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Bow & Stern Thrusters


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When deciding on the type of installation for a boat’s new Bow or Stern Thruster, some crucial factors have to be taken into consideration. Firstly, do you have room to do the installation. The tunnel and motor dimensions have to be considered and carefully worked into the installation design. Factors such as the height of the tunnel in relation to the vessel’s waterline are very important as a miscalculation will result in the Thruster not operating to it’s maximum potential or even not functioning at all.

The space required inside the boat is also important. We always try to find a position to fit the unit and the ancillary equipment where we are creating the minimum amount of disturbance to surrounding structures but also in a position where it can be properly checked and maintained. Running cables to and from the Motor is also a factor we need to consider.

Thruster tunnels are made in various sizes to accommodate different thrusters. For vessels up to 50’ in length, the common sizes are 135mm, 150mm & 185mm diameter. Tunnels are cut into the hull & bonded using GRP structures. Once fitted, the area becomes very strong…..much stronger than the surrounding hull as the two halves of the hull are now supporting each other via the tube. The Drawings in Fig 1 show the dimensions to consider when choosing and installing the thruster. Stern thruster installations are a little less position dependant, but must still be correctly installed to work properly.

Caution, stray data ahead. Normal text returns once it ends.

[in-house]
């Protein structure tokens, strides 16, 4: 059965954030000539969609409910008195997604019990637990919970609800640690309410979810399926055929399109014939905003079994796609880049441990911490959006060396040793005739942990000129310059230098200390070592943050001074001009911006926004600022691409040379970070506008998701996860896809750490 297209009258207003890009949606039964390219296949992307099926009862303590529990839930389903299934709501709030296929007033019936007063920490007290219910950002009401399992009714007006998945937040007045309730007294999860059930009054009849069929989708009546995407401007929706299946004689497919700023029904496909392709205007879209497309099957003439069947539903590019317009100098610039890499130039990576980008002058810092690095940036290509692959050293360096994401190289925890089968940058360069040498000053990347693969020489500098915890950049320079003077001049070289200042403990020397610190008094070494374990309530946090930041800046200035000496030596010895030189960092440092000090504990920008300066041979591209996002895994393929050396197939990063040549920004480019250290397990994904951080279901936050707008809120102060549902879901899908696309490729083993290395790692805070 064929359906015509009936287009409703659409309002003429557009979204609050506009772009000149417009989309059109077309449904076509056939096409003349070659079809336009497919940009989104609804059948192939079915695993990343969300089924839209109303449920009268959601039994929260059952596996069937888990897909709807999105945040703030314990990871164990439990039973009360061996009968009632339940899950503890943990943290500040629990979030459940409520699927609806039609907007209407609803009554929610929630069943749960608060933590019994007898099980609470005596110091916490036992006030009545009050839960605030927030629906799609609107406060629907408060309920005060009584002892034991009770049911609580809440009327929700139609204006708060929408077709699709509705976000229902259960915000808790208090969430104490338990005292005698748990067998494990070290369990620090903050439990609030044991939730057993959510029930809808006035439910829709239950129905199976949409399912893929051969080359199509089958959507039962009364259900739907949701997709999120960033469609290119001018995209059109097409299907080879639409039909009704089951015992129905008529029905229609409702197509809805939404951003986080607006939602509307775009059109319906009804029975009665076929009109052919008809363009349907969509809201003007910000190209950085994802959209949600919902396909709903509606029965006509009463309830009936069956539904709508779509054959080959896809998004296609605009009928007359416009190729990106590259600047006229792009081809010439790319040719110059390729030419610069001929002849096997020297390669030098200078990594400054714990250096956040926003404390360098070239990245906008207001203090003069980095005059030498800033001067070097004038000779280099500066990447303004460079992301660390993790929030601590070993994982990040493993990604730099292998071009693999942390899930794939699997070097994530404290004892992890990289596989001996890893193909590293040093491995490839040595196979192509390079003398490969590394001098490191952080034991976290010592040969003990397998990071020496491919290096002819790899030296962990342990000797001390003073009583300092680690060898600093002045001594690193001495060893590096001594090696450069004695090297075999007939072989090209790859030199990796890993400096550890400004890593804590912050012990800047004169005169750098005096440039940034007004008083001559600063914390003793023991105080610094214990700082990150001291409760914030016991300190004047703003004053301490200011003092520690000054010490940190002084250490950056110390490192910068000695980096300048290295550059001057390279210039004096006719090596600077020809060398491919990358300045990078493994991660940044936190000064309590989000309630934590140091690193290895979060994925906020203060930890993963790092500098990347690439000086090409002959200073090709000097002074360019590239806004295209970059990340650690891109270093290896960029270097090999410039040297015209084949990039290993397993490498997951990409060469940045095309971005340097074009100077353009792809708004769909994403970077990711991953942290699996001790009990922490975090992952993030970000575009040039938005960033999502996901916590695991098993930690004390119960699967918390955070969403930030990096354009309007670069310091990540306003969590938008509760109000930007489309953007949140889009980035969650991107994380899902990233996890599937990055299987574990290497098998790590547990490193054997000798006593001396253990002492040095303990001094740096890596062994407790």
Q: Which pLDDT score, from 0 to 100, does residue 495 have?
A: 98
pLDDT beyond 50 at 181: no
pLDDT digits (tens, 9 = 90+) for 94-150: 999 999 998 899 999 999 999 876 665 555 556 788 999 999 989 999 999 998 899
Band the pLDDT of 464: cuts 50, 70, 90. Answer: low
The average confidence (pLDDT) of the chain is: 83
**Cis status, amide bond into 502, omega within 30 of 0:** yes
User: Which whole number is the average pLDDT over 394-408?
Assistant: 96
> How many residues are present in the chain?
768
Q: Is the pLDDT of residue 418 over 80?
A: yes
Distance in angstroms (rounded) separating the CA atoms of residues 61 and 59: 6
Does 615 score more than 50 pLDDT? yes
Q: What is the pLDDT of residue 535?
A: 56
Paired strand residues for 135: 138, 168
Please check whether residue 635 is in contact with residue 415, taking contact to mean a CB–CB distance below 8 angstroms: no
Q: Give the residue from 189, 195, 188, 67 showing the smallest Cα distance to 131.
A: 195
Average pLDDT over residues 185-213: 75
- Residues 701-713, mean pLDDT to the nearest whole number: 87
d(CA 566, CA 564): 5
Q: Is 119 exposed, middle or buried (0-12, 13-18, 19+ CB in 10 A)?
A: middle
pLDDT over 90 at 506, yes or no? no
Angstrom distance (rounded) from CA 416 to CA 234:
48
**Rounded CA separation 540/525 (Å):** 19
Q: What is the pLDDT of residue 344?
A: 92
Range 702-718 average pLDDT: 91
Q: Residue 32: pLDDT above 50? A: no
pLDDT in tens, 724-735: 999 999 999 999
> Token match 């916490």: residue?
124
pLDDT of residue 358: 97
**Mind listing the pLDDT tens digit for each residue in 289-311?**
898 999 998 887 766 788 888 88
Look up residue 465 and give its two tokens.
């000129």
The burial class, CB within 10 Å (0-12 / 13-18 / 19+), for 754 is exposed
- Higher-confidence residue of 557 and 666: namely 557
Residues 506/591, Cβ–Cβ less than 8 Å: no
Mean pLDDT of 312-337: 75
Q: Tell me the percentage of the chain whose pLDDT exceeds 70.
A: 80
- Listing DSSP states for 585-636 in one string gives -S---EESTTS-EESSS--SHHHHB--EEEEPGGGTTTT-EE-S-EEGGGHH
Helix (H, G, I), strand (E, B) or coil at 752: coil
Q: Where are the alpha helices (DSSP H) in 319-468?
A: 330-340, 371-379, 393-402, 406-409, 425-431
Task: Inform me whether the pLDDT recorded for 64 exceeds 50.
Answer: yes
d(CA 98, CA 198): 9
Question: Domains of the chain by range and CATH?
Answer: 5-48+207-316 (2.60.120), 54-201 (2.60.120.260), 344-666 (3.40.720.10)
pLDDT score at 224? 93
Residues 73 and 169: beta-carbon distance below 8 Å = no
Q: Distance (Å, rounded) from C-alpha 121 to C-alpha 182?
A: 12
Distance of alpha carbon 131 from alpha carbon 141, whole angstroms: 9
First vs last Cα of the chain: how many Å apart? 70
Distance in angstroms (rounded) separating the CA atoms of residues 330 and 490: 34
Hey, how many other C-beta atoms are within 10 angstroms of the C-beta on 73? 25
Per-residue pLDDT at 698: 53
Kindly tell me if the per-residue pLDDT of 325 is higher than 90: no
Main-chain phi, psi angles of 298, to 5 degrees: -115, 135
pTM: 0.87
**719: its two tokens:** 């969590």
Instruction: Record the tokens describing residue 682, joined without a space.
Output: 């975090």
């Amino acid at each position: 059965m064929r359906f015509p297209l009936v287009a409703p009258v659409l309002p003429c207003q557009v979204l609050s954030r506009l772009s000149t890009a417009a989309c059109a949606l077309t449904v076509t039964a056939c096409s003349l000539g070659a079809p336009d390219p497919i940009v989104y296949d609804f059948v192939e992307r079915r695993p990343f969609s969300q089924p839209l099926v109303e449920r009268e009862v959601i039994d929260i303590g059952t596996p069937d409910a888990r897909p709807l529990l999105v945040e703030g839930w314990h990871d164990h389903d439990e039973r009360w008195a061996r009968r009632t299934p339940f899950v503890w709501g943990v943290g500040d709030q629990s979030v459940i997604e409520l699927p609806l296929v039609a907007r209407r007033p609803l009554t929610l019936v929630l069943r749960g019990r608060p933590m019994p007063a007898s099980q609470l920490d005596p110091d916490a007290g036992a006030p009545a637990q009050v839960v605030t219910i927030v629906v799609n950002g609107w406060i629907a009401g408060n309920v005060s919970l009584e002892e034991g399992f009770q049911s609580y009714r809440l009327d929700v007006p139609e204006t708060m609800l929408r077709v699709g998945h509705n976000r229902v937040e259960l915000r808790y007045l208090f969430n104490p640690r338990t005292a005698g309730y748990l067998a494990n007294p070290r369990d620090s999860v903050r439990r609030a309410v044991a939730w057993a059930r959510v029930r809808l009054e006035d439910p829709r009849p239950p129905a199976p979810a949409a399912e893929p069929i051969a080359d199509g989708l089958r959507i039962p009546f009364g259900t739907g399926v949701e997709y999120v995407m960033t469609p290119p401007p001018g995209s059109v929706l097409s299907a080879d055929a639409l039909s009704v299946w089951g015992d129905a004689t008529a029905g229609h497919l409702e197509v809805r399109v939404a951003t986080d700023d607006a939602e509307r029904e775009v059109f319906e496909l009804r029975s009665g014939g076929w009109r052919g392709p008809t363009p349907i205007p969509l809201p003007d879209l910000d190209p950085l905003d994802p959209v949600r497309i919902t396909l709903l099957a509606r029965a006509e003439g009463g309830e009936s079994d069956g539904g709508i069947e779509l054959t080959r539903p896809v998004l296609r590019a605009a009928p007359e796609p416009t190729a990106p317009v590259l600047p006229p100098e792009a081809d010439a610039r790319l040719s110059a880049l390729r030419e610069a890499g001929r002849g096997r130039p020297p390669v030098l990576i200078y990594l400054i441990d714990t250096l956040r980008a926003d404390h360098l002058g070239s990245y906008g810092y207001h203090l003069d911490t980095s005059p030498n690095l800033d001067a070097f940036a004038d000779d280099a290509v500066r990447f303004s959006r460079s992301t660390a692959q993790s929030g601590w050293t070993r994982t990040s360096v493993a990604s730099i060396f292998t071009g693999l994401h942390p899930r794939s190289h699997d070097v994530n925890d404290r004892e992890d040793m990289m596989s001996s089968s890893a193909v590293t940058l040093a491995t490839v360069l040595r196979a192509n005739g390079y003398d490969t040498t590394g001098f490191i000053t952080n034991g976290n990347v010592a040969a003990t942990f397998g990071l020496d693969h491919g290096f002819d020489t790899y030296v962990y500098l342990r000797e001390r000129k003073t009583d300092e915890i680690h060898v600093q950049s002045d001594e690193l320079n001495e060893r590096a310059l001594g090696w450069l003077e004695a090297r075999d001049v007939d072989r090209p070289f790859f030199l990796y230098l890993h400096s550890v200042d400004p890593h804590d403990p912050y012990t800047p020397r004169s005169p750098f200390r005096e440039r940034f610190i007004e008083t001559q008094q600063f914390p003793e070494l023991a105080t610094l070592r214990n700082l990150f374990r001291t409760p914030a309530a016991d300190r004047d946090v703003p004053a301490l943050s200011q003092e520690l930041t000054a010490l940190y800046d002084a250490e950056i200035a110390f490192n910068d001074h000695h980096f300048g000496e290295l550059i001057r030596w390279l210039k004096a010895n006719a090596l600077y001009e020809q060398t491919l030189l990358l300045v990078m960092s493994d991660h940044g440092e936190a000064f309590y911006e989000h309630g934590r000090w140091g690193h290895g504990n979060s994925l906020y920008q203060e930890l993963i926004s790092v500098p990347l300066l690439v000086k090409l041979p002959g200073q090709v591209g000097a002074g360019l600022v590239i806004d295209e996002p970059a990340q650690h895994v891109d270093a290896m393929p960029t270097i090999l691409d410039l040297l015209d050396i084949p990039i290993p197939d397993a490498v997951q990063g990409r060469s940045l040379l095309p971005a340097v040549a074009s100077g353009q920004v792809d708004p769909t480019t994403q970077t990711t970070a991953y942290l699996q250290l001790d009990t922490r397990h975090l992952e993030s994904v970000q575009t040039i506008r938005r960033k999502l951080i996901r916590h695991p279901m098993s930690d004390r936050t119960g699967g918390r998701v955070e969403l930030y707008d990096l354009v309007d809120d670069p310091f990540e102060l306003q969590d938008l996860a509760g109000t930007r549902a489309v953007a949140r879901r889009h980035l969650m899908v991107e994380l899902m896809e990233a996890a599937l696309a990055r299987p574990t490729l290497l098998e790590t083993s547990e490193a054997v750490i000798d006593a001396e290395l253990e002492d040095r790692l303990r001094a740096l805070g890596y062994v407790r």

Fig 1.

Once the tube is fitted, we will create a faring on the exterior of the hiull as seen in Fig 2.. By creating this faring, the disturbance to the water flow over the hull is vastly reduced, and any effect of the the bow thruster on the boat’s performance through the water is reduced to a bare minimum. With planing hulls, the bow thruster assembly will be out of the water in most cases when at planing speed.

When selecting the size of thruster required, it’s always a good idea to go up, rather than down in size where possible. A more powerful unit will take far less time to move the boat than a slightly under powered one. 1 -2 seconds should be all that is required to assist in most berthing or manoeuvring operations. If the motor has to be operated for long periods to move the bow or stern, then it’s probably too small for the boat or hull type. As a benchmark, the VETUS BOW55, a 55kgf thruster is a good unit for the 30 - 40’ yacht .  Added extras like remote control units can be installed as retrofit items. These make life easier and safer still by enabling the crew to control the boat both from the helm and the deck or pontoon.

Fig 2.

12 and 24 volt DC Thrusters can be fitted in different ways, but they all need to be powered by a battery. All thruster units require a massive amount of current to operate. For example, the BOW55 model mentioned above will draw up to 400 amps when operating. This means you need a large, powerful battery installed and a quick and effective charging system  in place to ensure the motor is able to deliver full power every time when you need it. There are 2 basic options for fitting. The links below describe each in basic detail and give an approximate idea of installation costs of each.

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